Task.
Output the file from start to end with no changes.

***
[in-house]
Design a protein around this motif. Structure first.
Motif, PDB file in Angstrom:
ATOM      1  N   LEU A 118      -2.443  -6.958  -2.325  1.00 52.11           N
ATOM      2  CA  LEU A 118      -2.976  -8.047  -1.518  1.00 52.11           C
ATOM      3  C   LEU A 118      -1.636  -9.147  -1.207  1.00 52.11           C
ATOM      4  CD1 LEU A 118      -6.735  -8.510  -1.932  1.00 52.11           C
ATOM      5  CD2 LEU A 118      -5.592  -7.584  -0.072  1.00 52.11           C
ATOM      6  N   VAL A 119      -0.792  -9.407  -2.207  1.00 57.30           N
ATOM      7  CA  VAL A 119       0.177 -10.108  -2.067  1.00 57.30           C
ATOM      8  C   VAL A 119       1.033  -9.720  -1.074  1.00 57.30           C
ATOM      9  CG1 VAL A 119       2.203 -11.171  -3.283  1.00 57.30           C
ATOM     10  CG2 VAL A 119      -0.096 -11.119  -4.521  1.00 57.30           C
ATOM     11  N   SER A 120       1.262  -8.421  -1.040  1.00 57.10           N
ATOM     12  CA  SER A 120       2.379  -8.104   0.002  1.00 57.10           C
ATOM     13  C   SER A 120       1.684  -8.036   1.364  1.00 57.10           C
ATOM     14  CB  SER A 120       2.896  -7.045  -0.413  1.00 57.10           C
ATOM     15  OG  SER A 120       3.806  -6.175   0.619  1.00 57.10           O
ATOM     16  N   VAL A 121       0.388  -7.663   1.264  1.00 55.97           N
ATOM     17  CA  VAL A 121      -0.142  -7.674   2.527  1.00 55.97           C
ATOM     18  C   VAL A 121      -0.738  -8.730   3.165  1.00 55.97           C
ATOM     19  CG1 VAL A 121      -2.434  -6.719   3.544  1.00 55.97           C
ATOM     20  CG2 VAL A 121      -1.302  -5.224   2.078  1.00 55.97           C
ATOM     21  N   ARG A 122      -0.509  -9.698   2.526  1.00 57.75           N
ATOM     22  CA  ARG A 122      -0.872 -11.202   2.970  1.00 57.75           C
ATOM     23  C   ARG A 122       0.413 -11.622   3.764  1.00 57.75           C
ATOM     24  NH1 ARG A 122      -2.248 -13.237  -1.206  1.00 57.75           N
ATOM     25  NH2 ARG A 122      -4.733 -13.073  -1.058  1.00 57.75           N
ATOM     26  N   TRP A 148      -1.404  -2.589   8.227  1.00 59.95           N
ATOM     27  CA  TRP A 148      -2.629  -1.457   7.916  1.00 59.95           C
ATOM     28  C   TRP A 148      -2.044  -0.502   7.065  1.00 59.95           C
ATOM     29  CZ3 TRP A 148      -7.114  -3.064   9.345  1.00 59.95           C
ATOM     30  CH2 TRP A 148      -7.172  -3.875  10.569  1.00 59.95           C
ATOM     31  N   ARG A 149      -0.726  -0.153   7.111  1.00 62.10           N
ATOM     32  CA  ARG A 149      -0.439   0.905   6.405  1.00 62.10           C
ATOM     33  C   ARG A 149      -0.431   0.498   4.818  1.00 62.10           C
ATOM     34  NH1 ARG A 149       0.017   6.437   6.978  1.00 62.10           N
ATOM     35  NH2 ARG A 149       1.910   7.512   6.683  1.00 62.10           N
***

[in-house]
Design a protein around this motif. Structure first.
Motif, PDB file in Angstrom:
ATOM      1  N   LEU A 118      -2.443  -6.958  -2.325  1.00 52.11           N
ATOM      2  CA  LEU A 118      -2.976  -8.047  -1.518  1.00 52.11           C
ATOM      3  C   LEU A 118      -1.636  -9.147  -1.207  1.00 52.11           C
ATOM      4  CD1 LEU A 118      -6.735  -8.510  -1.932  1.00 52.11           C
ATOM      5  CD2 LEU A 118      -5.592  -7.584  -0.072  1.00 52.11           C
ATOM      6  N   VAL A 119      -0.792  -9.407  -2.207  1.00 57.30           N
ATOM      7  CA  VAL A 119       0.177 -10.108  -2.067  1.00 57.30           C
ATOM      8  C   VAL A 119       1.033  -9.720  -1.074  1.00 57.30           C
ATOM      9  CG1 VAL A 119       2.203 -11.171  -3.283  1.00 57.30           C
ATOM     10  CG2 VAL A 119      -0.096 -11.119  -4.521  1.00 57.30           C
ATOM     11  N   SER A 120       1.262  -8.421  -1.040  1.00 57.10           N
ATOM     12  CA  SER A 120       2.379  -8.104   0.002  1.00 57.10           C
ATOM     13  C   SER A 120       1.684  -8.036   1.364  1.00 57.10           C
ATOM     14  CB  SER A 120       2.896  -7.045  -0.413  1.00 57.10           C
ATOM     15  OG  SER A 120       3.806  -6.175   0.619  1.00 57.10           O
ATOM     16  N   VAL A 121       0.388  -7.663   1.264  1.00 55.97           N
ATOM     17  CA  VAL A 121      -0.142  -7.674   2.527  1.00 55.97           C
ATOM     18  C   VAL A 121      -0.738  -8.730   3.165  1.00 55.97           C
ATOM     19  CG1 VAL A 121      -2.434  -6.719   3.544  1.00 55.97           C
ATOM     20  CG2 VAL A 121      -1.302  -5.224   2.078  1.00 55.97           C
ATOM     21  N   ARG A 122      -0.509  -9.698   2.526  1.00 57.75           N
ATOM     22  CA  ARG A 122      -0.872 -11.202   2.970  1.00 57.75           C
ATOM     23  C   ARG A 122       0.413 -11.622   3.764  1.00 57.75           C
ATOM     24  NH1 ARG A 122      -2.248 -13.237  -1.206  1.00 57.75           N
ATOM     25  NH2 ARG A 122      -4.733 -13.073  -1.058  1.00 57.75           N
ATOM     26  N   TRP A 148      -1.404  -2.589   8.227  1.00 59.95           N
ATOM     27  CA  TRP A 148      -2.629  -1.457   7.916  1.00 59.95           C
ATOM     28  C   TRP A 148      -2.044  -0.502   7.065  1.00 59.95           C
ATOM     29  CZ3 TRP A 148      -7.114  -3.064   9.345  1.00 59.95           C
ATOM     30  CH2 TRP A 148      -7.172  -3.875  10.569  1.00 59.95           C
ATOM     31  N   ARG A 149      -0.726  -0.153   7.111  1.00 62.10           N
ATOM     32  CA  ARG A 149      -0.439   0.905   6.405  1.00 62.10           C
ATOM     33  C   ARG A 149      -0.431   0.498   4.818  1.00 62.10           C
ATOM     34  NH1 ARG A 149       0.017   6.437   6.978  1.00 62.10           N
ATOM     35  NH2 ARG A 149       1.910   7.512   6.683  1.00 62.10           N